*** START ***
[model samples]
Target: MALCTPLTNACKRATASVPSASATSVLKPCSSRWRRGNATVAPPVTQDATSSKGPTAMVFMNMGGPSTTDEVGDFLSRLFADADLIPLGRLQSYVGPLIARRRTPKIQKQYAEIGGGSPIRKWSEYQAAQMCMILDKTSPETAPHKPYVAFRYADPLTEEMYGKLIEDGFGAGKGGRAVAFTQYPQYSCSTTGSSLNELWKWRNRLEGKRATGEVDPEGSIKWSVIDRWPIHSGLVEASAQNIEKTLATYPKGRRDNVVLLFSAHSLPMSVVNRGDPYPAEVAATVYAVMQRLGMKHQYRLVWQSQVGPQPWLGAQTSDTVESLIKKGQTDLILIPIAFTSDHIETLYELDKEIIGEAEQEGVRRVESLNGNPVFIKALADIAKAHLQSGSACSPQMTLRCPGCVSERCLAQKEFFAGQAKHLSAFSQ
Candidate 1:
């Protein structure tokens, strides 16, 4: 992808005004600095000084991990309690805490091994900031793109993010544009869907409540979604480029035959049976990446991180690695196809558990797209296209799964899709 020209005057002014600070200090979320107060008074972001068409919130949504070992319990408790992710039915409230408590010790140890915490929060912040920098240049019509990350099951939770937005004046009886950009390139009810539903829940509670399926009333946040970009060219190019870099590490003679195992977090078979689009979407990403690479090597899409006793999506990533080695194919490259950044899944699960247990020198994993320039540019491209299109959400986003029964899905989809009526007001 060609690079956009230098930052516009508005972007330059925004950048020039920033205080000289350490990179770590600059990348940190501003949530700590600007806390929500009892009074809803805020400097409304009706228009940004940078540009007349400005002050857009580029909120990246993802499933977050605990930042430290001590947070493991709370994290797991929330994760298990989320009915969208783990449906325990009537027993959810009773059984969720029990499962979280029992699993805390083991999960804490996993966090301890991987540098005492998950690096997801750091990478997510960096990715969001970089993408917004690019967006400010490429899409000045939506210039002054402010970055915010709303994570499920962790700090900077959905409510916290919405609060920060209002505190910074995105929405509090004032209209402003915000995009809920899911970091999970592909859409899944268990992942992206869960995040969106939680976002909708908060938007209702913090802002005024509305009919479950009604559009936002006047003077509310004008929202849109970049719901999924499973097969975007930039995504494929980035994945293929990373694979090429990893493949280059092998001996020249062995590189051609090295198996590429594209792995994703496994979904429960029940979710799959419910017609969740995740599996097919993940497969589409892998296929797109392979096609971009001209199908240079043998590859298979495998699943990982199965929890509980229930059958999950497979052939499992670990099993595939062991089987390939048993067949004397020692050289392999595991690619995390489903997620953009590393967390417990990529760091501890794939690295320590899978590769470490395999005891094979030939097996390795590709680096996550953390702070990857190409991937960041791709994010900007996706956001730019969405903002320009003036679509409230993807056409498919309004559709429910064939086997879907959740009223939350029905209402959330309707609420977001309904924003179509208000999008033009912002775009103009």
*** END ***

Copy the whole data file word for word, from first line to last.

[model samples]
Target: MALCTPLTNACKRATASVPSASATSVLKPCSSRWRRGNATVAPPVTQDATSSKGPTAMVFMNMGGPSTTDEVGDFLSRLFADADLIPLGRLQSYVGPLIARRRTPKIQKQYAEIGGGSPIRKWSEYQAAQMCMILDKTSPETAPHKPYVAFRYADPLTEEMYGKLIEDGFGAGKGGRAVAFTQYPQYSCSTTGSSLNELWKWRNRLEGKRATGEVDPEGSIKWSVIDRWPIHSGLVEASAQNIEKTLATYPKGRRDNVVLLFSAHSLPMSVVNRGDPYPAEVAATVYAVMQRLGMKHQYRLVWQSQVGPQPWLGAQTSDTVESLIKKGQTDLILIPIAFTSDHIETLYELDKEIIGEAEQEGVRRVESLNGNPVFIKALADIAKAHLQSGSACSPQMTLRCPGCVSERCLAQKEFFAGQAKHLSAFSQ
Candidate 1:
């Protein structure tokens, strides 16, 4: 992808005004600095000084991990309690805490091994900031793109993010544009869907409540979604480029035959049976990446991180690695196809558990797209296209799964899709 020209005057002014600070200090979320107060008074972001068409919130949504070992319990408790992710039915409230408590010790140890915490929060912040920098240049019509990350099951939770937005004046009886950009390139009810539903829940509670399926009333946040970009060219190019870099590490003679195992977090078979689009979407990403690479090597899409006793999506990533080695194919490259950044899944699960247990020198994993320039540019491209299109959400986003029964899905989809009526007001 060609690079956009230098930052516009508005972007330059925004950048020039920033205080000289350490990179770590600059990348940190501003949530700590600007806390929500009892009074809803805020400097409304009706228009940004940078540009007349400005002050857009580029909120990246993802499933977050605990930042430290001590947070493991709370994290797991929330994760298990989320009915969208783990449906325990009537027993959810009773059984969720029990499962979280029992699993805390083991999960804490996993966090301890991987540098005492998950690096997801750091990478997510960096990715969001970089993408917004690019967006400010490429899409000045939506210039002054402010970055915010709303994570499920962790700090900077959905409510916290919405609060920060209002505190910074995105929405509090004032209209402003915000995009809920899911970091999970592909859409899944268990992942992206869960995040969106939680976002909708908060938007209702913090802002005024509305009919479950009604559009936002006047003077509310004008929202849109970049719901999924499973097969975007930039995504494929980035994945293929990373694979090429990893493949280059092998001996020249062995590189051609090295198996590429594209792995994703496994979904429960029940979710799959419910017609969740995740599996097919993940497969589409892998296929797109392979096609971009001209199908240079043998590859298979495998699943990982199965929890509980229930059958999950497979052939499992670990099993595939062991089987390939048993067949004397020692050289392999595991690619995390489903997620953009590393967390417990990529760091501890794939690295320590899978590769470490395999005891094979030939097996390795590709680096996550953390702070990857190409991937960041791709994010900007996706956001730019969405903002320009003036679509409230993807056409498919309004559709429910064939086997879907959740009223939350029905209402959330309707609420977001309904924003179509208000999008033009912002775009103009």